Three ancient great lakes existed in the region of Wyoming, Utah, and Colorado 50 million years ago: Lake Gosiute, Lake Uinta, and Fossil Lake, the smallest. All are gone today, but they left behind a wealth of fossils in lake sediments that turned into the rock layer known as the Green River Formation, made up of laminated limestone, mudstone, and volcanic ash. The fossils are among the most nearly perfectly preserved remains of ancient plant and animal life in the world.
Crushed stone is a construction material used mainly as an aggregate for the manufacture of concrete, and for road base material. Several large quarries are present in the foothills west of the Denver metro area. The hard, dense metamorphic and igneous rocks of Precambrian age (about 1.7 billion years old in this area) that form the core of the Front Range make excellent sources of for aggregate. Hard volcanic rock of Tertiary-age (about 60 million years old) also makes good aggregate, and is being quarried at the Ralston Quarry (Asphalt Paving Co.)
This quarry produces crushed stone from Precambrian metamorphic and igneous rock. The quarry site was chosen partially because the hills screen most of the operation from view.
Hard volcanic rock of Tertiary-age (about 60 million years old) also makes good aggregate, and is being quarried at the Ralston Quarry (Asphalt Paving Co.)
|Mini-Wheeler Natural Area|
Mini-Wheeler Natural Area:9
The unusual "Devil's Dunce Cap" formations are the eroded remnants of a 1,200-square-mile volcanic ash flow. This Gribbles Park Tuff was deposited 29 million years ago during the Oligocene. Although located within the Thirtynine Mountain Volcanic Field, the tuff's source is thought to be outside of the field to the west. The exact source is unknown, and research on this may be useful in determining the timing of the opening of the upper Arkansas valley. The more well-known Wheeler Geologic site in Mineral County has higher formations (and is from a different volcanic source), but this site covers a larger area than Wheeler.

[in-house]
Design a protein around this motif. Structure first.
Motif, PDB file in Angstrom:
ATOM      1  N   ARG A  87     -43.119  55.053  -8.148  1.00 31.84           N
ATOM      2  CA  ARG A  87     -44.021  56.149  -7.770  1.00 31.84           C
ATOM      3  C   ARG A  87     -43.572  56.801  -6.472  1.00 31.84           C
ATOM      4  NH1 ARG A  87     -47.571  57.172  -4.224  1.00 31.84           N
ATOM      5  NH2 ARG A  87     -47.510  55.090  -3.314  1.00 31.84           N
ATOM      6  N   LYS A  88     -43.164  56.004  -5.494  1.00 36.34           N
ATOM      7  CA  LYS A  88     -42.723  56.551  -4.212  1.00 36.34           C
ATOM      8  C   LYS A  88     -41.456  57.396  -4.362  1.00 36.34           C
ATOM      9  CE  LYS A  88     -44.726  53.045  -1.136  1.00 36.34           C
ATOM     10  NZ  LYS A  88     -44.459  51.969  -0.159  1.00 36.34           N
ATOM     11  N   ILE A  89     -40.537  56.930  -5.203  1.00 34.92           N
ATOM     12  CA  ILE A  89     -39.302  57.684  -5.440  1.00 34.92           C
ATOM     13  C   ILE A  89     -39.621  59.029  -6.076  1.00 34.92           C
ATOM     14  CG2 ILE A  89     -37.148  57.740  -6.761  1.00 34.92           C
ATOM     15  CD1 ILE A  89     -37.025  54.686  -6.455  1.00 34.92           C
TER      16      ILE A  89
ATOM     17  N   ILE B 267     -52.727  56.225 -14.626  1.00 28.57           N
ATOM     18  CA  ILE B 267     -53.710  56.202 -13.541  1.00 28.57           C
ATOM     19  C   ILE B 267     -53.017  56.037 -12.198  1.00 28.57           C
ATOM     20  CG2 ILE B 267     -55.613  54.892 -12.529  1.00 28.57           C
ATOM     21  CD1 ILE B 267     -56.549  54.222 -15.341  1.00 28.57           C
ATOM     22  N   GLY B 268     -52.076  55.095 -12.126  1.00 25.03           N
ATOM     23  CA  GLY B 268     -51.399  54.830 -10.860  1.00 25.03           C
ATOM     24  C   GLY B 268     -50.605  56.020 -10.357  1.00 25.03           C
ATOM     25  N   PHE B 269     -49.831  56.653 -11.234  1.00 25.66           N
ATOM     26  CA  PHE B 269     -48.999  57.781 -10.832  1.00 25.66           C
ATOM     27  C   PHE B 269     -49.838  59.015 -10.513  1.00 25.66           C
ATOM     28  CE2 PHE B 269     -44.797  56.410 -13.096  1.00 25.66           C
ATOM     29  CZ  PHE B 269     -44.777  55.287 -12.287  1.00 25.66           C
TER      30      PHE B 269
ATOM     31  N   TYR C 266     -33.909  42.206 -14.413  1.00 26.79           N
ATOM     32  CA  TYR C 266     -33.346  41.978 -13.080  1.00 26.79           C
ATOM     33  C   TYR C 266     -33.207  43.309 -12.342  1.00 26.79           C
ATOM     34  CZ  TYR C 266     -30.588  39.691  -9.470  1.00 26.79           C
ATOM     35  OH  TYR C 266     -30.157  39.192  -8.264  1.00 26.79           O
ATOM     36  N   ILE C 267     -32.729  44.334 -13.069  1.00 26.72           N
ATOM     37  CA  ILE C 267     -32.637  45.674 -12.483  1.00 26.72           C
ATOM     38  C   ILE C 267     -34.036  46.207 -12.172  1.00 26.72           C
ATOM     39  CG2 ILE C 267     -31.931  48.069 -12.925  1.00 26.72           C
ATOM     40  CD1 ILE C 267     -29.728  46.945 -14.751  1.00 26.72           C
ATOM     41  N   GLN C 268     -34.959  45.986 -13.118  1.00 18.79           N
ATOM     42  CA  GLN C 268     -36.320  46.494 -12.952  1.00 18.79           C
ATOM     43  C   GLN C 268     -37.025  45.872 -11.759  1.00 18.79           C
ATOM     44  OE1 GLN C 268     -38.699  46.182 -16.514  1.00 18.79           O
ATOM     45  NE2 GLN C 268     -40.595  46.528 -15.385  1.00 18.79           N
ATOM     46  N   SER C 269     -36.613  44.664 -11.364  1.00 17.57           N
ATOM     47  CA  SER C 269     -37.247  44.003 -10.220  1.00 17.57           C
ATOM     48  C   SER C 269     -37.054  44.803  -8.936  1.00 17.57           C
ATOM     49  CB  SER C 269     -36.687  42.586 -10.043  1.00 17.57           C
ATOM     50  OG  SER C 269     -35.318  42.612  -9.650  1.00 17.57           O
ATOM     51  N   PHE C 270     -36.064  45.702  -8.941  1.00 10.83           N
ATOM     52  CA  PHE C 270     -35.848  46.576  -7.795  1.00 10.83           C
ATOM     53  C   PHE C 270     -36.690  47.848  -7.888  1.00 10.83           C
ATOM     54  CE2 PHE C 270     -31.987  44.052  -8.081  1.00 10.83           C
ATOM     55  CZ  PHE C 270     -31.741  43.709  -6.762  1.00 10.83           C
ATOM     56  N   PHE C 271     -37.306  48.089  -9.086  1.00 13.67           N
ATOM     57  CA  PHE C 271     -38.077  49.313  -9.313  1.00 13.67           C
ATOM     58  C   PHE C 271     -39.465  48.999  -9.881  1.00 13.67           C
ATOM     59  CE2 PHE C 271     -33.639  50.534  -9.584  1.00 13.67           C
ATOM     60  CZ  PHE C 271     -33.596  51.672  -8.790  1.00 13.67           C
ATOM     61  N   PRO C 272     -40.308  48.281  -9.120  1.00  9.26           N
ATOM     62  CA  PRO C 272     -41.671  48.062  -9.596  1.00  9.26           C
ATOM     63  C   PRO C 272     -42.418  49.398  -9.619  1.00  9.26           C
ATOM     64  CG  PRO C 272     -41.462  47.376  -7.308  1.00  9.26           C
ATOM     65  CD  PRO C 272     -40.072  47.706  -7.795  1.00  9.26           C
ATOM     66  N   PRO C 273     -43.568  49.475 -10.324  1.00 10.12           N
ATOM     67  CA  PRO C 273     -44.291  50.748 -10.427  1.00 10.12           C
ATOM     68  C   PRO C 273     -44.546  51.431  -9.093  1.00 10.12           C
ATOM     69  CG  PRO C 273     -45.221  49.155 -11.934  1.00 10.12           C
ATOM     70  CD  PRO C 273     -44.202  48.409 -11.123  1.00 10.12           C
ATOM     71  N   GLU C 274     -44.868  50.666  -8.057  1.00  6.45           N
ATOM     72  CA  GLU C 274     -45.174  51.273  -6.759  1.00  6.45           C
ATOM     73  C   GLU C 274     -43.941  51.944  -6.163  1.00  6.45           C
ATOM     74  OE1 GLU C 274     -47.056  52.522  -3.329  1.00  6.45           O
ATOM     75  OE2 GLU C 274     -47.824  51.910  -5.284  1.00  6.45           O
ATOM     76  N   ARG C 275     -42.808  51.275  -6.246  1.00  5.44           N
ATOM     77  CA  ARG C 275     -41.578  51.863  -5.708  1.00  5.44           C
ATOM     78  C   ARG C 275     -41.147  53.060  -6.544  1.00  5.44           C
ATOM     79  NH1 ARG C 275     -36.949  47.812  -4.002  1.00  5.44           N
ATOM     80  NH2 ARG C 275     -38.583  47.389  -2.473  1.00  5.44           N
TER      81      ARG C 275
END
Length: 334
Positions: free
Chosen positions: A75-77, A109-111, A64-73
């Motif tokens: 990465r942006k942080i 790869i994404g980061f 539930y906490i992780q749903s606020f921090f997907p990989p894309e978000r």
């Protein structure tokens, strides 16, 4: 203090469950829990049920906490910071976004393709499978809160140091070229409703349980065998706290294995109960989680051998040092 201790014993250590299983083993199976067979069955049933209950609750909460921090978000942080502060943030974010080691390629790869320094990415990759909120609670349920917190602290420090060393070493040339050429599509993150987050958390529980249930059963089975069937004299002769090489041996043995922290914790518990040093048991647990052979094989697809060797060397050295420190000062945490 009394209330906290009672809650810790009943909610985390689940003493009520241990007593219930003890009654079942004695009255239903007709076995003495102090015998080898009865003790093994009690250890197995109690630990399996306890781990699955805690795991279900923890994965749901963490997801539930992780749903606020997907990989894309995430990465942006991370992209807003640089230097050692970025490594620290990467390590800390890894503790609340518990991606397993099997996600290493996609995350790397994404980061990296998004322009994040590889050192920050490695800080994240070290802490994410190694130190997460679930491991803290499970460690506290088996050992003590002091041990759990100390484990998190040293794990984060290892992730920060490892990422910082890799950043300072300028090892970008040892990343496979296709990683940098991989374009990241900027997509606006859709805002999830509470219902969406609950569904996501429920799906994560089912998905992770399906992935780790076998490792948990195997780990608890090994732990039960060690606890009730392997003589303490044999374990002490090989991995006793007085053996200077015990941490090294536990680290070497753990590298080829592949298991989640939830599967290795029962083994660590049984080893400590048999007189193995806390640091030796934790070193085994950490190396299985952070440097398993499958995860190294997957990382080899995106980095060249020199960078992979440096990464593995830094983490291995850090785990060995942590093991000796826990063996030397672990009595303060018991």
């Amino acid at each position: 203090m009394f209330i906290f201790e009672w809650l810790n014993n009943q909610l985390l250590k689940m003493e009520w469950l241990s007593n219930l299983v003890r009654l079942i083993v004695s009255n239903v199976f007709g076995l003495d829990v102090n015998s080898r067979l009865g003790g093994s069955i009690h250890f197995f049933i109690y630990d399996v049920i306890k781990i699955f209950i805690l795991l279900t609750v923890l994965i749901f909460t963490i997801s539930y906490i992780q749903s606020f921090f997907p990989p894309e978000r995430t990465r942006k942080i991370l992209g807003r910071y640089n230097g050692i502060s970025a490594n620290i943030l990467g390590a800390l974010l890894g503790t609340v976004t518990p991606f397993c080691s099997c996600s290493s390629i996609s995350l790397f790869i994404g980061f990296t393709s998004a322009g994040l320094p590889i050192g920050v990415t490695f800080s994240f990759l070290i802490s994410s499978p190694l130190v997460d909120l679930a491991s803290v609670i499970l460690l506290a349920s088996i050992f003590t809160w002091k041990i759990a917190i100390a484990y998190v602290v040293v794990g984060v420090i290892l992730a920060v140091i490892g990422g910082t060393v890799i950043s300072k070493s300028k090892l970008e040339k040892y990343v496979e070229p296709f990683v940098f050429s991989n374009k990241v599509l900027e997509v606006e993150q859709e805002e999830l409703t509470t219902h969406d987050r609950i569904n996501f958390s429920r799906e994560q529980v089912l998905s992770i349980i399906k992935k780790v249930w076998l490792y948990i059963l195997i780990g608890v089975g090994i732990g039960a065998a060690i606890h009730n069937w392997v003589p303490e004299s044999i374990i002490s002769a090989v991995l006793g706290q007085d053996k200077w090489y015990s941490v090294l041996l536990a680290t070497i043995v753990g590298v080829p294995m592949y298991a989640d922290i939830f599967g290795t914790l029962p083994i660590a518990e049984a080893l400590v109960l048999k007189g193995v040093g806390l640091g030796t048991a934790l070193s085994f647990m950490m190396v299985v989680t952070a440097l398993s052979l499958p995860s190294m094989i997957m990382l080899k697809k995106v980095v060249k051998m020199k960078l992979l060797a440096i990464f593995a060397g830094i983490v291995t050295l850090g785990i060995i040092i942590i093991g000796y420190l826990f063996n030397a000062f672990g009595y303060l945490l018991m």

Wheeler Geologic Natural Area:9
Wheeler Geologic Natural Area is a mass of pinnacles and domes, some more than several hundred feet high. Erosive forces have sculpted these forms in white, beige and lavender layers of lava and ash. The geologic features occur within virgin forests of Engelmann spruce and subalpine fir.
|Mount Antero and White Mountain|
The aquamarine was adopted as the official state gemstone on April 30, 1971, by an act of the General Assembly. The mountain peaks of Mount Antero and White Mountain in Colorado are among the finest quality localities known for gem aquamarine. They are also among the highest in elevation, located at 14,000 feet. The granite rock of these peaks contains pegmatite bodies that are characterized by large miarolitic cavities containing the gem quality aquamarine crystals. The cavities are found through a vertical area of a mere 500 feet. The crystals in these cavities range in color from light blue to pale and deep aquamarine green, and in size from very small to 6 centimeters in length.
|Needle Rock Natural Area|
Needle Rock towers 800 feet above the floor of the Smith Fork of the Gunnison River valley. It originated as the throat of a large volcano about 28 million years ago (Miocene epoch) when molten rock intruded between existing sedimentary formations. As the surrounding country rocks eroded over millions of years, the resistant igneous core was exposed.